The legal right test says that if a party “has the legal right to obtain the document, then the document is within that party’s control.” The practical ability test, according to the court, says that when the moving party demonstrates the other party has the right, authority, or practical ability to obtain the documents from a non-party to the action, then the document is within that party’s control. Here, the court reviewed Hormel’s BYOD policy and concluded that Hormel did not have the legal right to obtain text messages from the custodians’ phones.[2] Specifically, Hormel’s policy, which had been in effect since 2011 (two years after the allegations at issue began) does not give the company authority to access, view, image or control the text messages. Rather, the policy allows employees, with a defined business need and who have secured company approval, to use their personally owned cell phones (no corporate phones are provided) to interact remotely with Hormel corporate systems. And, while Hormel had control over the data sourced from Hormel systems and synced between the mobile devices and Hormel servers, this data did not include text messages, which are available only on the individual’s devices and in no way are synced or managed by the company’s IT staff.

Because Plaintiffs issued subpoenas to the non-parties for the text messages at issue, the inquiry did not end with the court’s decision that Hormel lacked control over the text messages at issue. And so, the next question for the court was whether the 30 non-party subpoenas should be enforced.

The court starts with discussing the scope of discovery for a Rule 45 subpoena, which is the same as under Rules 34 and 26 and is subject to the same relevance and proportionality considerations. The court notes that under Rule 45(c)(1), even if a subpoena seeks relevant information, the discovery is not permitted where it imposes an undue burden. Here, the custodians claimed (without any affidavit or estimate from a vendor) the cost of compliance would be between $65,000 and $85,000 to image all 30 phones and more data than necessary to respond to the subpoena would be captured, which is a violation of their rights. After noting there were both more targeted ways to capture data, and likely more cost-effective, the court concluded the requested information was likely relevant but the custodians should not bear the cost, so the court compelled the custodians to search for and produce the text messages with certain parameters to preserve data in the event that this production reveals a basis to expand the search. It also ordered the parties to meet and confer on process and costs to be split between the plaintiffs and the defendant.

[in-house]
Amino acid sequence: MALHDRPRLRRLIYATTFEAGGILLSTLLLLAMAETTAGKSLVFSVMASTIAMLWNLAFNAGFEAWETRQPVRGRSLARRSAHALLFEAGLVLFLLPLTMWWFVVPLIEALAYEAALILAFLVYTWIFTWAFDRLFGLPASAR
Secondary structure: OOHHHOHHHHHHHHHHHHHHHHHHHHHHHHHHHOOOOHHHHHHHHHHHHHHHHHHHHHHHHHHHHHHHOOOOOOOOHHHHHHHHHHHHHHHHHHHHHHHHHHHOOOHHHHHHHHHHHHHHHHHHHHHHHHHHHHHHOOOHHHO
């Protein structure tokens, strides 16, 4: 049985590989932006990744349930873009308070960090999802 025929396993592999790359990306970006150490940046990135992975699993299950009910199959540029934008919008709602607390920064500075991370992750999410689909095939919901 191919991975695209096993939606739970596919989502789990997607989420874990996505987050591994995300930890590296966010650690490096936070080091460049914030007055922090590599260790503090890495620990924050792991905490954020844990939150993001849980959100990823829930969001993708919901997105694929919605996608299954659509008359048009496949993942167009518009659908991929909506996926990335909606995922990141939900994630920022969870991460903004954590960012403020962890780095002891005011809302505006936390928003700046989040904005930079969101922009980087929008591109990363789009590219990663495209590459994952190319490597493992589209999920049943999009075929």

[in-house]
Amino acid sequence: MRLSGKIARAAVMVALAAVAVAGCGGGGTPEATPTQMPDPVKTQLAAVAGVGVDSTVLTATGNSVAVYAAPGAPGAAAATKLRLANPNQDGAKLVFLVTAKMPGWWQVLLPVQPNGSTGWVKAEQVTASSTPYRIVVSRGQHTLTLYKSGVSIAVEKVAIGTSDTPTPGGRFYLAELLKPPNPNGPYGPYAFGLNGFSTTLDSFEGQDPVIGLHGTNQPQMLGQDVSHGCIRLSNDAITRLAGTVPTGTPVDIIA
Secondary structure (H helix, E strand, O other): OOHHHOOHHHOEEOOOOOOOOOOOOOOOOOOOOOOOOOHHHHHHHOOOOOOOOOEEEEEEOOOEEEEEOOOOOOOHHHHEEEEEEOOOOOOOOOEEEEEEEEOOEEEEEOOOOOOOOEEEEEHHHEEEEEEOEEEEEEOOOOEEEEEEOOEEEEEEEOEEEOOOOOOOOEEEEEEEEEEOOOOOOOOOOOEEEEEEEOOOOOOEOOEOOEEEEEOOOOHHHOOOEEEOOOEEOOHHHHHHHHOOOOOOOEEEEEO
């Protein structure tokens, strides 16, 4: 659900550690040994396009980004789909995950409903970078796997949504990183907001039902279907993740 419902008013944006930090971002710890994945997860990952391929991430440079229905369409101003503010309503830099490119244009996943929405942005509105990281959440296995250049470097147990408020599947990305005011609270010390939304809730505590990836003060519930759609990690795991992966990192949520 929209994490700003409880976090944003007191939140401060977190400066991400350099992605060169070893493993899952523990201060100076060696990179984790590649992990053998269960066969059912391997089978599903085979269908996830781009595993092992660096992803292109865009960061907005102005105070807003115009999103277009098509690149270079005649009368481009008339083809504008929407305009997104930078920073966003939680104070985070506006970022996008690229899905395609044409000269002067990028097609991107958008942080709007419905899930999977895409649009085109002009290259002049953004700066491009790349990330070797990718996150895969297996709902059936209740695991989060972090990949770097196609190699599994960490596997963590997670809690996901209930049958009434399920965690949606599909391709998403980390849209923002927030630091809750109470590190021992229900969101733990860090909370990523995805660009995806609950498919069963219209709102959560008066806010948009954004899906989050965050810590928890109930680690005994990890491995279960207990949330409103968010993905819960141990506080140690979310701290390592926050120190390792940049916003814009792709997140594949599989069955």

Although this case involved a fact-specific analysis that rose and fell on the BYOD policy in place, it serves as an important reminder that “possession, custody, and control” are the critical questions when determining whether discovery can be compelled from a party. Practitioners with doubts as to whether the party has control (practical or otherwise) should consider issuing subpoenas as plaintiffs did here.

[1] Agri Stats is a private service that gathers data from defendants and produces market reports for paying subscribers

[2] It also concluded that plaintiffs failed to demonstrate Hormel had the right, authority, or practical ability to obtain the text messages.